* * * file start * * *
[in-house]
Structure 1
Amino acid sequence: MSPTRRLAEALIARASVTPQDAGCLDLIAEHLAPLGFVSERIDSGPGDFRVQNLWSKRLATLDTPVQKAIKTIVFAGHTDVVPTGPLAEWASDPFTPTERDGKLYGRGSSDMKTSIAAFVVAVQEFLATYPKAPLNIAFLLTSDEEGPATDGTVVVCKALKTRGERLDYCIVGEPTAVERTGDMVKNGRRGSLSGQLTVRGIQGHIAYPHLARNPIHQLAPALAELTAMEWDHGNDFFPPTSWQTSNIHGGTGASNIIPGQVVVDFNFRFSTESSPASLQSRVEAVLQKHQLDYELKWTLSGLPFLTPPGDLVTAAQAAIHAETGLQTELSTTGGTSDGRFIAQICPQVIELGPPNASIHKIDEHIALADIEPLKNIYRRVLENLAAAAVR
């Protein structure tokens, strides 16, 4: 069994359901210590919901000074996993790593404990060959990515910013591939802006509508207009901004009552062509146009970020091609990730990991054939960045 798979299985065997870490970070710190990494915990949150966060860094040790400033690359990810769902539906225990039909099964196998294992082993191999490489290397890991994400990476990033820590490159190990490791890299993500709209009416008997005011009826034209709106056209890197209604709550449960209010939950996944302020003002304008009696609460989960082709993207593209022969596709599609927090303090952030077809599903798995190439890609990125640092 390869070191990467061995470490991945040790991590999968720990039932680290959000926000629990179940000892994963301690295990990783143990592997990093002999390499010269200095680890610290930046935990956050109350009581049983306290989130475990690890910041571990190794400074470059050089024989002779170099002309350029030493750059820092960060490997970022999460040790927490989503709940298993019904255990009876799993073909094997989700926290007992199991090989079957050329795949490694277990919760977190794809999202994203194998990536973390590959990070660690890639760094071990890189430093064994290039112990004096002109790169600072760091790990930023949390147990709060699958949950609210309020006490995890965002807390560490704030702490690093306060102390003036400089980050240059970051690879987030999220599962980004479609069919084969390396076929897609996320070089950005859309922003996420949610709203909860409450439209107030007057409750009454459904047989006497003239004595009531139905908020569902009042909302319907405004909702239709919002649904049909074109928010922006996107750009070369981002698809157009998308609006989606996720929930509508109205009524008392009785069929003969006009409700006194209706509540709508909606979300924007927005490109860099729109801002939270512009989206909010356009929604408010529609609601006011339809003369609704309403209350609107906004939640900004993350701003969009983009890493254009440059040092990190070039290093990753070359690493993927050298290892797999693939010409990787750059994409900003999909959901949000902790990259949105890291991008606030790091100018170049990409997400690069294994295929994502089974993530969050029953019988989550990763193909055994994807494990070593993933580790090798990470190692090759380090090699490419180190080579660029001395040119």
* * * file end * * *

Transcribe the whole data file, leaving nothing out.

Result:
[in-house]
Structure 1
Amino acid sequence: MSPTRRLAEALIARASVTPQDAGCLDLIAEHLAPLGFVSERIDSGPGDFRVQNLWSKRLATLDTPVQKAIKTIVFAGHTDVVPTGPLAEWASDPFTPTERDGKLYGRGSSDMKTSIAAFVVAVQEFLATYPKAPLNIAFLLTSDEEGPATDGTVVVCKALKTRGERLDYCIVGEPTAVERTGDMVKNGRRGSLSGQLTVRGIQGHIAYPHLARNPIHQLAPALAELTAMEWDHGNDFFPPTSWQTSNIHGGTGASNIIPGQVVVDFNFRFSTESSPASLQSRVEAVLQKHQLDYELKWTLSGLPFLTPPGDLVTAAQAAIHAETGLQTELSTTGGTSDGRFIAQICPQVIELGPPNASIHKIDEHIALADIEPLKNIYRRVLENLAAAAVR
């Protein structure tokens, strides 16, 4: 069994359901210590919901000074996993790593404990060959990515910013591939802006509508207009901004009552062509146009970020091609990730990991054939960045 798979299985065997870490970070710190990494915990949150966060860094040790400033690359990810769902539906225990039909099964196998294992082993191999490489290397890991994400990476990033820590490159190990490791890299993500709209009416008997005011009826034209709106056209890197209604709550449960209010939950996944302020003002304008009696609460989960082709993207593209022969596709599609927090303090952030077809599903798995190439890609990125640092 390869070191990467061995470490991945040790991590999968720990039932680290959000926000629990179940000892994963301690295990990783143990592997990093002999390499010269200095680890610290930046935990956050109350009581049983306290989130475990690890910041571990190794400074470059050089024989002779170099002309350029030493750059820092960060490997970022999460040790927490989503709940298993019904255990009876799993073909094997989700926290007992199991090989079957050329795949490694277990919760977190794809999202994203194998990536973390590959990070660690890639760094071990890189430093064994290039112990004096002109790169600072760091790990930023949390147990709060699958949950609210309020006490995890965002807390560490704030702490690093306060102390003036400089980050240059970051690879987030999220599962980004479609069919084969390396076929897609996320070089950005859309922003996420949610709203909860409450439209107030007057409750009454459904047989006497003239004595009531139905908020569902009042909302319907405004909702239709919002649904049909074109928010922006996107750009070369981002698809157009998308609006989606996720929930509508109205009524008392009785069929003969006009409700006194209706509540709508909606979300924007927005490109860099729109801002939270512009989206909010356009929604408010529609609601006011339809003369609704309403209350609107906004939640900004993350701003969009983009890493254009440059040092990190070039290093990753070359690493993927050298290892797999693939010409990787750059994409900003999909959901949000902790990259949105890291991008606030790091100018170049990409997400690069294994295929994502089974993530969050029953019988989550990763193909055994994807494990070593993933580790090798990470190692090759380090090699490419180190080579660029001395040119």